Japan’s largest mobile network, NTT DoCoMo has recently launched a real time translator app for the telephone that allows for people in Japan to speak to foreigners with both parties speaking in their native language, and so understand each other.
The Android app, called Hanashite Hon’yaku is the latest in a series of translator apps to be launched this year. Unveiled at the Combined Exhibition of Advanced Technologies show (Ceatec) in Japan earlier this month and planned for launch on 1 November, the app will initially convert Japanese to English, Mandarin and Korean, with other languages to follow including German, French, Italian, Thai, Portuegese and Indonesian.
After speaking into the phone and after a slight pause, the app translates what the speaker has said into the receiver’s language. It then provides a voice readout as well as screen text version of the message.
The app makes use of cloud technology with the firm saying in a statement that ”Fast and accurate translations are possible with any smartphone, regardless of device specifications, because Hanashite Hon’yaku utilises Docomo’s cloud for processing.”
Other companies outside Japan are also working on similar services.
Microsoft is also working on a technology it calls the Translating Telephone. Microsoft admitted that one of the biggest challenges with the technology is programming it to recognise the ways people pronounce words differently and still manage to detect the correct translation.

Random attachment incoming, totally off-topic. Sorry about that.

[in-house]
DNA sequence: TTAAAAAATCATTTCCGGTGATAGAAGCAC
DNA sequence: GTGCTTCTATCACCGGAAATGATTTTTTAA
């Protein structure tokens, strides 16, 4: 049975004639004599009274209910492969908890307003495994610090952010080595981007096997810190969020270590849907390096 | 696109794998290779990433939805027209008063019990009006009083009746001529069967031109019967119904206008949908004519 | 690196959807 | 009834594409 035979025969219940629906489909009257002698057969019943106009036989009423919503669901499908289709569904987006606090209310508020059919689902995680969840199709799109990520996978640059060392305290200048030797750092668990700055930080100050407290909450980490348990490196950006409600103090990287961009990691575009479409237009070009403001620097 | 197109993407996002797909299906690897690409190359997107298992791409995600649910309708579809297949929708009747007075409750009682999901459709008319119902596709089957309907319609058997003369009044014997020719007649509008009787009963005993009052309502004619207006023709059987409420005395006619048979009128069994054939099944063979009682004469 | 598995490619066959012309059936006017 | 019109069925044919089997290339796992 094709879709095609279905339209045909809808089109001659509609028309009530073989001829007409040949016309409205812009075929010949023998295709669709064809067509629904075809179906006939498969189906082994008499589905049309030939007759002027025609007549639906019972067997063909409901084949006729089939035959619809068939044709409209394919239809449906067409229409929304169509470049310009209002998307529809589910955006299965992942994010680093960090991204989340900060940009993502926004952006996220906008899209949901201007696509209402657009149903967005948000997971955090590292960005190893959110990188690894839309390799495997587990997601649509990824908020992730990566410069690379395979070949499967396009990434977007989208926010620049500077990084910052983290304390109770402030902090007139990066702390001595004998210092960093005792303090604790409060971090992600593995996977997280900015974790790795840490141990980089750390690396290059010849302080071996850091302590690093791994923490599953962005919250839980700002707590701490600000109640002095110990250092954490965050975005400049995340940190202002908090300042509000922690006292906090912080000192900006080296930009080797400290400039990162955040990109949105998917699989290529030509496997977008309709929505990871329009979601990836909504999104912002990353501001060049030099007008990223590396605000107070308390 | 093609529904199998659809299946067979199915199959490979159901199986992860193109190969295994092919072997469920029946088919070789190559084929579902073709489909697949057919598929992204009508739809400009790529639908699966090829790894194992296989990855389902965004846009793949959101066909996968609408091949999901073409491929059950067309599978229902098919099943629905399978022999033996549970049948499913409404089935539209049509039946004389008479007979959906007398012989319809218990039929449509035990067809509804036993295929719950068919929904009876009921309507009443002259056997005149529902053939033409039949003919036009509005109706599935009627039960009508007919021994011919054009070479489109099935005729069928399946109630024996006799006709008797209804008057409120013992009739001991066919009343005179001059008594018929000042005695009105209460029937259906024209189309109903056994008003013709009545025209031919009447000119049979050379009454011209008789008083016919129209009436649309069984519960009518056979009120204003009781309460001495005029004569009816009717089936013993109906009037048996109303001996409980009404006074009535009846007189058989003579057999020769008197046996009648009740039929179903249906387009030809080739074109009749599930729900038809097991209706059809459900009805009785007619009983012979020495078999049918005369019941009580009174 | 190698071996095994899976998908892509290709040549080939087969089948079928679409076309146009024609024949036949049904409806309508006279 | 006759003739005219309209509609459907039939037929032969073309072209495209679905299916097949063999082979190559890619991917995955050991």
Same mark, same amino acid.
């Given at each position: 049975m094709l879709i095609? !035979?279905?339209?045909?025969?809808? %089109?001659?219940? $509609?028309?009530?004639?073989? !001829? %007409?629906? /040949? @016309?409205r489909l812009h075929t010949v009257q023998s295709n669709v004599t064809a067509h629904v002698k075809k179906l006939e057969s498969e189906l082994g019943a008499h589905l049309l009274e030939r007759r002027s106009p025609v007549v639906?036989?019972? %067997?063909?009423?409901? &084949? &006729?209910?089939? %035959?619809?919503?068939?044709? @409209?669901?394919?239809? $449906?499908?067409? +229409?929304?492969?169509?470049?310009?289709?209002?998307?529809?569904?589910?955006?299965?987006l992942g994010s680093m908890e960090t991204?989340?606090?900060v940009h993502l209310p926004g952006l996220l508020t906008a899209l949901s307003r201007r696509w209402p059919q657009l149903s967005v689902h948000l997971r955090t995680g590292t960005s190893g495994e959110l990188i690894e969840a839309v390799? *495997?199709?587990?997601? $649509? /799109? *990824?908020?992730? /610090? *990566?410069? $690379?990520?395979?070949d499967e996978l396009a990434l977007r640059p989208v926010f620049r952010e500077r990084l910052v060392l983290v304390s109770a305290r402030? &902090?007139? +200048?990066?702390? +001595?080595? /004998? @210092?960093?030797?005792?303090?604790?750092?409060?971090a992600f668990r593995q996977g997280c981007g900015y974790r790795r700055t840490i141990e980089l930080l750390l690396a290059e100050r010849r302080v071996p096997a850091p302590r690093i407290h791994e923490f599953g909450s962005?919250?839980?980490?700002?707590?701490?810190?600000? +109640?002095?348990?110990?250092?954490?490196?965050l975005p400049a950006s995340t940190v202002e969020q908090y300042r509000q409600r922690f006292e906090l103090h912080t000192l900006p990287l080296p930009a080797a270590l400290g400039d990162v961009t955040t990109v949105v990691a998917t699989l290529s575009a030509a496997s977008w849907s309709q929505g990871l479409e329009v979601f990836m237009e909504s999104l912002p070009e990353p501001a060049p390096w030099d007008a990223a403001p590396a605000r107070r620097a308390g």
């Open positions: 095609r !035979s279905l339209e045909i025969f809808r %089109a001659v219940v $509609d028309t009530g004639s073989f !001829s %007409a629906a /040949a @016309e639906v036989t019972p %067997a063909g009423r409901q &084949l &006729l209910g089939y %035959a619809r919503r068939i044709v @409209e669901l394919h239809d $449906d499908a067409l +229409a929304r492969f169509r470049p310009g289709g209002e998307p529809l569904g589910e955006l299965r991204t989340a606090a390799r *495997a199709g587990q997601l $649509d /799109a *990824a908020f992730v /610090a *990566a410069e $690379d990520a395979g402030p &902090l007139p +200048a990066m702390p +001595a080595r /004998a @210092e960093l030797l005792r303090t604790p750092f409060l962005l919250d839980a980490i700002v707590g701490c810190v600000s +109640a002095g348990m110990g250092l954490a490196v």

France’s Alcatel-Lucent is working on developing WeTalk designed to work on landline telephones. The company uses a technology that captures the user’s voice and applies speech recognition software. The data is then run through translation software before being run through a speech synthesiser.
Lexicone, an Israeli startup also recently launched a translator app and is working with BT and Telefonica to offer the service to its customers.
Back in the U.S. California-based MyLanguage, is working on voice and text translations during video chats via its Vocre app for iPhones.
However much development and progress is being made in telephonic and video translation technologies, it’s possible lack of accuracy is certainly a concern and puts into question its appeal for corporate adoption.
What do you think of the emergence of these translator apps?